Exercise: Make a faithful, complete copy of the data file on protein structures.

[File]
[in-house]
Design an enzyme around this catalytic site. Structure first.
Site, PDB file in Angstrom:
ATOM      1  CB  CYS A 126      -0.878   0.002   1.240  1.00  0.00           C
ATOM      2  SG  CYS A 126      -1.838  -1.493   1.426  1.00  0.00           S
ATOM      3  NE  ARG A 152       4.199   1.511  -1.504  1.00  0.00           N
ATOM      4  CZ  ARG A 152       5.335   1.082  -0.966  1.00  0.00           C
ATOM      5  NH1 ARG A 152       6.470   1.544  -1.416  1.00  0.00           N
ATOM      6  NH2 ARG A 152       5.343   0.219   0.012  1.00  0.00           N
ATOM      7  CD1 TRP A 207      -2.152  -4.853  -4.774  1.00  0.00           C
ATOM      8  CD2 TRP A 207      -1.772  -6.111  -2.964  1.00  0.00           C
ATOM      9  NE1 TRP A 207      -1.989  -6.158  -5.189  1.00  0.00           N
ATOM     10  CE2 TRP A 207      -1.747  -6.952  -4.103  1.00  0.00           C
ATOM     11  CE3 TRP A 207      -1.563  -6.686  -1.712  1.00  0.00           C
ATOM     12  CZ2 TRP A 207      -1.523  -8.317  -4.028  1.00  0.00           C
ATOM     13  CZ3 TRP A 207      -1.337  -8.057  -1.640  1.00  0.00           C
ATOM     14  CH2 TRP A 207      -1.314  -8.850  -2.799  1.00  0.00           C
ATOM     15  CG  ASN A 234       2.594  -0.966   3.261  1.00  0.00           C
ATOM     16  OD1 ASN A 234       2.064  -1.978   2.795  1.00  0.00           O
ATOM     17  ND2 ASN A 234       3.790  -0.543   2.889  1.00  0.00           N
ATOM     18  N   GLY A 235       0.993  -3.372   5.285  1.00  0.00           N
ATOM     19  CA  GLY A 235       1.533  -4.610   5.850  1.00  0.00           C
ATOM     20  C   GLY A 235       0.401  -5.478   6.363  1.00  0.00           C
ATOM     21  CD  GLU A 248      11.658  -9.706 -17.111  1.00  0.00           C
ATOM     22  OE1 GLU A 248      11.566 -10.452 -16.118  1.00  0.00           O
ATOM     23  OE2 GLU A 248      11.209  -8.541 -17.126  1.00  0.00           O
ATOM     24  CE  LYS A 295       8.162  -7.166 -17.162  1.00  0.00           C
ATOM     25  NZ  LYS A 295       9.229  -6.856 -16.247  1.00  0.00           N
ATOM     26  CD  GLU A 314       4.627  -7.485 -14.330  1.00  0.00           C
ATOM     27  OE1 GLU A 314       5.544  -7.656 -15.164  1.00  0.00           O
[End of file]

[in-house]
Design an enzyme around this catalytic site. Structure first.
Site, PDB file in Angstrom:
ATOM      1  CB  CYS A 126      -0.878   0.002   1.240  1.00  0.00           C
ATOM      2  SG  CYS A 126      -1.838  -1.493   1.426  1.00  0.00           S
ATOM      3  NE  ARG A 152       4.199   1.511  -1.504  1.00  0.00           N
ATOM      4  CZ  ARG A 152       5.335   1.082  -0.966  1.00  0.00           C
ATOM      5  NH1 ARG A 152       6.470   1.544  -1.416  1.00  0.00           N
ATOM      6  NH2 ARG A 152       5.343   0.219   0.012  1.00  0.00           N
ATOM      7  CD1 TRP A 207      -2.152  -4.853  -4.774  1.00  0.00           C
ATOM      8  CD2 TRP A 207      -1.772  -6.111  -2.964  1.00  0.00           C
ATOM      9  NE1 TRP A 207      -1.989  -6.158  -5.189  1.00  0.00           N
ATOM     10  CE2 TRP A 207      -1.747  -6.952  -4.103  1.00  0.00           C
ATOM     11  CE3 TRP A 207      -1.563  -6.686  -1.712  1.00  0.00           C
ATOM     12  CZ2 TRP A 207      -1.523  -8.317  -4.028  1.00  0.00           C
ATOM     13  CZ3 TRP A 207      -1.337  -8.057  -1.640  1.00  0.00           C
ATOM     14  CH2 TRP A 207      -1.314  -8.850  -2.799  1.00  0.00           C
ATOM     15  CG  ASN A 234       2.594  -0.966   3.261  1.00  0.00           C
ATOM     16  OD1 ASN A 234       2.064  -1.978   2.795  1.00  0.00           O
ATOM     17  ND2 ASN A 234       3.790  -0.543   2.889  1.00  0.00           N
ATOM     18  N   GLY A 235       0.993  -3.372   5.285  1.00  0.00           N
ATOM     19  CA  GLY A 235       1.533  -4.610   5.850  1.00  0.00           C
ATOM     20  C   GLY A 235       0.401  -5.478   6.363  1.00  0.00           C
ATOM     21  CD  GLU A 248      11.658  -9.706 -17.111  1.00  0.00           C
ATOM     22  OE1 GLU A 248      11.566 -10.452 -16.118  1.00  0.00           O
ATOM     23  OE2 GLU A 248      11.209  -8.541 -17.126  1.00  0.00           O
ATOM     24  CE  LYS A 295       8.162  -7.166 -17.162  1.00  0.00           C
ATOM     25  NZ  LYS A 295       9.229  -6.856 -16.247  1.00  0.00           N
ATOM     26  CD  GLU A 314       4.627  -7.485 -14.330  1.00  0.00           C
ATOM     27  OE1 GLU A 314       5.544  -7.656 -15.164  1.00  0.00           O